April 24, 2017


Are We All in Favor of National Healthcare Now? (Bruce Frohnen, 4/24/17, Imaginative Conservative)

It is worth noting, then, that the logical conclusion of Obamacare, Ryancare, or even Trumpcare, so long as it retains the assumption of federal guarantees, is nationalization. The logic of a national guarantee is risk-sharing. And risk-sharing always means redistributing from those with more to those with less. With income guarantees this means redistributing wealth directly. With health care guarantees it means taking from those who do not need the care to those who need it. So far, this may sound charitable and decent--after all, we already tax the young and healthy to pay for the old and sick through Social Security. The problem is that, with health care in particular, we are not dealing with merely a problem of health--that is, of the absence of specific, catastrophic illnesses or injuries--but also with demand for preventive care and the like. That is, we are dealing with regular, routine services that cost money. Moreover, most people tend to want more healthcare services than they actually need; we go to the doctor when we are not actually sick, seek procedures that make us look or feel better but are not necessary for survival, and so forth. In other words, it is extremely difficult to control costs for health care without resorting to some form of rationing. This is why so much money is wasted in insurance schemes that emphasize savings through oversight and various limitations on patient (and even doctor) choice. Indeed, once the "right" to healthcare or any other positive right is established, nationalization actually appears more efficient than the Rube Goldberg machinations common within the American administrative state. Both in the end result in draconian rules, distorted incentives, and ultimate systemic failure.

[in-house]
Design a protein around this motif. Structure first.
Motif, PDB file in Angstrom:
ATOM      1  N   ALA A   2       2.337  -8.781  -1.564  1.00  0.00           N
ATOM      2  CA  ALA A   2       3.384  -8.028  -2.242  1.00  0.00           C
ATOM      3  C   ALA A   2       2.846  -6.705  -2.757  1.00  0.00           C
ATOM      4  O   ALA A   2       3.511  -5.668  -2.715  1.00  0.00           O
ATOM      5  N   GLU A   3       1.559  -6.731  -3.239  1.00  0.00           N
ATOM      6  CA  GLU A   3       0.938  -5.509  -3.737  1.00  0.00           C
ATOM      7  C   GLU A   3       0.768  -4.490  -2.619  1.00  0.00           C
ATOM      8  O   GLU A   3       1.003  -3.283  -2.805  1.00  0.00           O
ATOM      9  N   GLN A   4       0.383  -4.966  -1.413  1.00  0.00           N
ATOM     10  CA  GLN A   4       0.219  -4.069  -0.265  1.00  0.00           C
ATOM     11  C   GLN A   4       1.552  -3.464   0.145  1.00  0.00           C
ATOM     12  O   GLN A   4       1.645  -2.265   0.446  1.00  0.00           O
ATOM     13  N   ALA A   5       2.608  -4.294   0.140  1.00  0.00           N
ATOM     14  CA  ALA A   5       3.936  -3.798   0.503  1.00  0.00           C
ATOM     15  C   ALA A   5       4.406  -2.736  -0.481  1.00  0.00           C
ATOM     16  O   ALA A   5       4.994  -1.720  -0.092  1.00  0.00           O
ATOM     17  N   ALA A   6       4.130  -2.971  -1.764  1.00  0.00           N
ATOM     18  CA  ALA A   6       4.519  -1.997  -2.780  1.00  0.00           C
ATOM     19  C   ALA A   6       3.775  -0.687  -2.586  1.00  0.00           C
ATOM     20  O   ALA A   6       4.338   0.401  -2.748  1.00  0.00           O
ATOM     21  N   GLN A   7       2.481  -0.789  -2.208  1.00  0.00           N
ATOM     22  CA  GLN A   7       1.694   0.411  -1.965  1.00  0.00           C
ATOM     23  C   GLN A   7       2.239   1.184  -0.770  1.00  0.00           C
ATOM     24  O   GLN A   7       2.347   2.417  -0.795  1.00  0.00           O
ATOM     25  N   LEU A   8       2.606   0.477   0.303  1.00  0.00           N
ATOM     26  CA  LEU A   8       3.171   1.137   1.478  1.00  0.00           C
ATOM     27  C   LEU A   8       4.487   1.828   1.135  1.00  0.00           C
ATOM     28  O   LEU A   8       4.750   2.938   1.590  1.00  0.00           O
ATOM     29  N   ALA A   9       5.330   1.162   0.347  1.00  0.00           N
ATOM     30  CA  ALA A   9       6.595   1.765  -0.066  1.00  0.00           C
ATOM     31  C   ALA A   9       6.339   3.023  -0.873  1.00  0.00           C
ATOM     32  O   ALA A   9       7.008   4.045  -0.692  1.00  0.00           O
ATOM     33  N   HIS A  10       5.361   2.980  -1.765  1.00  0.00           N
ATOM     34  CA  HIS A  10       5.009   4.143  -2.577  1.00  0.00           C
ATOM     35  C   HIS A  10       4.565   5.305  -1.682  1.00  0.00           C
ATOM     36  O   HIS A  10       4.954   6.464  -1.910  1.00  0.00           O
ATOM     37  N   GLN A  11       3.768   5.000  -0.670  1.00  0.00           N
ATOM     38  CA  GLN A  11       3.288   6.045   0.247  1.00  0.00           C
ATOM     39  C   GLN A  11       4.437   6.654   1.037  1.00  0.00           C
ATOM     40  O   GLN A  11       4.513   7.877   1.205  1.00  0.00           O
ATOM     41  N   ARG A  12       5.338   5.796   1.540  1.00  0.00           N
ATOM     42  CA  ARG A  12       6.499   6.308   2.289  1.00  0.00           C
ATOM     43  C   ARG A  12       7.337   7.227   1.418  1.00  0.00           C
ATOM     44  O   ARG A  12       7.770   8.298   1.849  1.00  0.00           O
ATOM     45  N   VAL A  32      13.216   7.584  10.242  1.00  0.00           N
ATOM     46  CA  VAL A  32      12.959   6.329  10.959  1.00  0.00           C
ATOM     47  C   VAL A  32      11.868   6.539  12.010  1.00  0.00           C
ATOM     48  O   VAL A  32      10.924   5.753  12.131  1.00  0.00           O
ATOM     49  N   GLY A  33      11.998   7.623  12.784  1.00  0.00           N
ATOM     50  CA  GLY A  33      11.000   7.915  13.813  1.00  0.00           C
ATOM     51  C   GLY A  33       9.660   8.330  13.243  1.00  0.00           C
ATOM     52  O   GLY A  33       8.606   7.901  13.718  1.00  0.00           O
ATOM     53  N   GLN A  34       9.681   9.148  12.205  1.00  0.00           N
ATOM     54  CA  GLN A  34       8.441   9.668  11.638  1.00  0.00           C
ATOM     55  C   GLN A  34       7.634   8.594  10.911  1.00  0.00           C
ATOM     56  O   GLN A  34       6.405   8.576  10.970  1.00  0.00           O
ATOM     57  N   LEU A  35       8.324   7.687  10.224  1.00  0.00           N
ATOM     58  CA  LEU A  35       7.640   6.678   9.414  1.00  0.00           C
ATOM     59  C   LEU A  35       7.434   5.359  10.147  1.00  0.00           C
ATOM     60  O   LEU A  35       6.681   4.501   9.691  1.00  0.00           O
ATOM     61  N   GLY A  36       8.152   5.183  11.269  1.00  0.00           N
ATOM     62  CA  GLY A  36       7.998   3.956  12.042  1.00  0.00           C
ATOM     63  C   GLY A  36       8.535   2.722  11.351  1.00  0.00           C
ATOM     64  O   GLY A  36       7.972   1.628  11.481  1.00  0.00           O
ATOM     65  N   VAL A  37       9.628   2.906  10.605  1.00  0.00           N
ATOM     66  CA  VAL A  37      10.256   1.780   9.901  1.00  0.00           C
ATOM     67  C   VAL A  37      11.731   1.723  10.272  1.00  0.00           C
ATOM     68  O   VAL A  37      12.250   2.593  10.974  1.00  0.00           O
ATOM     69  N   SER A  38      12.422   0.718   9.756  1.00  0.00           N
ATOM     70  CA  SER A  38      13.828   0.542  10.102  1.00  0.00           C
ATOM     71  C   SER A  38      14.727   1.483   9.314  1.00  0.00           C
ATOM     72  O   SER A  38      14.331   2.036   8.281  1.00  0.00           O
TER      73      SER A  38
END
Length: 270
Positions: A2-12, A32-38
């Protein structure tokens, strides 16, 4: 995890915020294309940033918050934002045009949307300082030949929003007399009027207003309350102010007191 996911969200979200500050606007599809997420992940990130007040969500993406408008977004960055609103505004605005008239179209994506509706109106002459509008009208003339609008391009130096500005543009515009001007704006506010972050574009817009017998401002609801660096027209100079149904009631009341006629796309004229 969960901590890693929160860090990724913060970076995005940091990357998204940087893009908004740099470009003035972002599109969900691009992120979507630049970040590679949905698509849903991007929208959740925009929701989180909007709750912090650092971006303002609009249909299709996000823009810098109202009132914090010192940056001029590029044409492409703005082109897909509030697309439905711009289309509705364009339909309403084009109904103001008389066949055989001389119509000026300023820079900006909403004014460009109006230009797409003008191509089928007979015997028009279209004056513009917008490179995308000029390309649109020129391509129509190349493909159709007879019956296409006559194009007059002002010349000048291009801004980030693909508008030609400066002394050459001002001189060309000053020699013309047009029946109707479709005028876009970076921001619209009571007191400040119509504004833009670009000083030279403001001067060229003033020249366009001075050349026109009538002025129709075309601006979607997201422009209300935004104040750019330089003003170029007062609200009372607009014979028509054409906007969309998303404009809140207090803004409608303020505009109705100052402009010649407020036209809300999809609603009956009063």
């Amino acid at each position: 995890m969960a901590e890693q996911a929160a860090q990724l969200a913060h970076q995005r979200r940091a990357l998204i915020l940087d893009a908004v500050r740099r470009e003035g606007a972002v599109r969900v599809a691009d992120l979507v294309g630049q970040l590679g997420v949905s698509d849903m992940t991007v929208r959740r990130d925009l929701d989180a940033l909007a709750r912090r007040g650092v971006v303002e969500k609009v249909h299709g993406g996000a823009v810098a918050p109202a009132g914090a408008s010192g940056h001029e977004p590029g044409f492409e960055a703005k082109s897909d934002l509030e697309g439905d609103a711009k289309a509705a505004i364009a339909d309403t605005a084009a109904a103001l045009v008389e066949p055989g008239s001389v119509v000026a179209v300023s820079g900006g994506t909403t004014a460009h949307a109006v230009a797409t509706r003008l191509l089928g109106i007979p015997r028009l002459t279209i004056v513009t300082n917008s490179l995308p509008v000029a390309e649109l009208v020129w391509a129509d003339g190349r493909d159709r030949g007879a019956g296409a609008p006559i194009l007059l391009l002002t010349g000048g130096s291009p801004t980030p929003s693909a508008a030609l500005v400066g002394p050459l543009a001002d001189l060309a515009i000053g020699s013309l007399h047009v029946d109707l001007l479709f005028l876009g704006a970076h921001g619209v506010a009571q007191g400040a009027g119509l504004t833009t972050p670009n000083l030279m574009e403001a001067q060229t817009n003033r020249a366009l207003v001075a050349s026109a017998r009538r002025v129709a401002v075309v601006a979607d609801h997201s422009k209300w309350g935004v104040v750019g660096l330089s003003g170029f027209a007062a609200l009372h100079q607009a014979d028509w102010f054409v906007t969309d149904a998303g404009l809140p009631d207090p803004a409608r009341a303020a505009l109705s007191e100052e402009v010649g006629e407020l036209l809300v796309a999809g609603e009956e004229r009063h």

What social democrats, in whatever party, fail to recognize is that various "positive rights" to things like welfare, healthcare, and education, merely grant power to the government, to the extent it wishes, to take over portions of society, substituting its will for the decisions of various persons and associations throughout society. Americans, having a deep-seated aversion to federal power, have allowed national aggrandizement only incrementally and under the guise of various regulations and guarantees. The result retains the appearance of freedom and the reality of chaos. It also retains a consistent tendency toward further federal power, and toward further erosion of freedom. After all, one can provide a good everyone wants for free (or highly reduced cost) only by rationing its distribution, substituting force for voluntary transactions.

None of this is to say that people do not, as persons possessed of human dignity, have a kind of right to health care. It is up to all of us to support charitable causes and institutions that provide health care, as well as food, clothing, shelter, and education, to those who cannot afford them.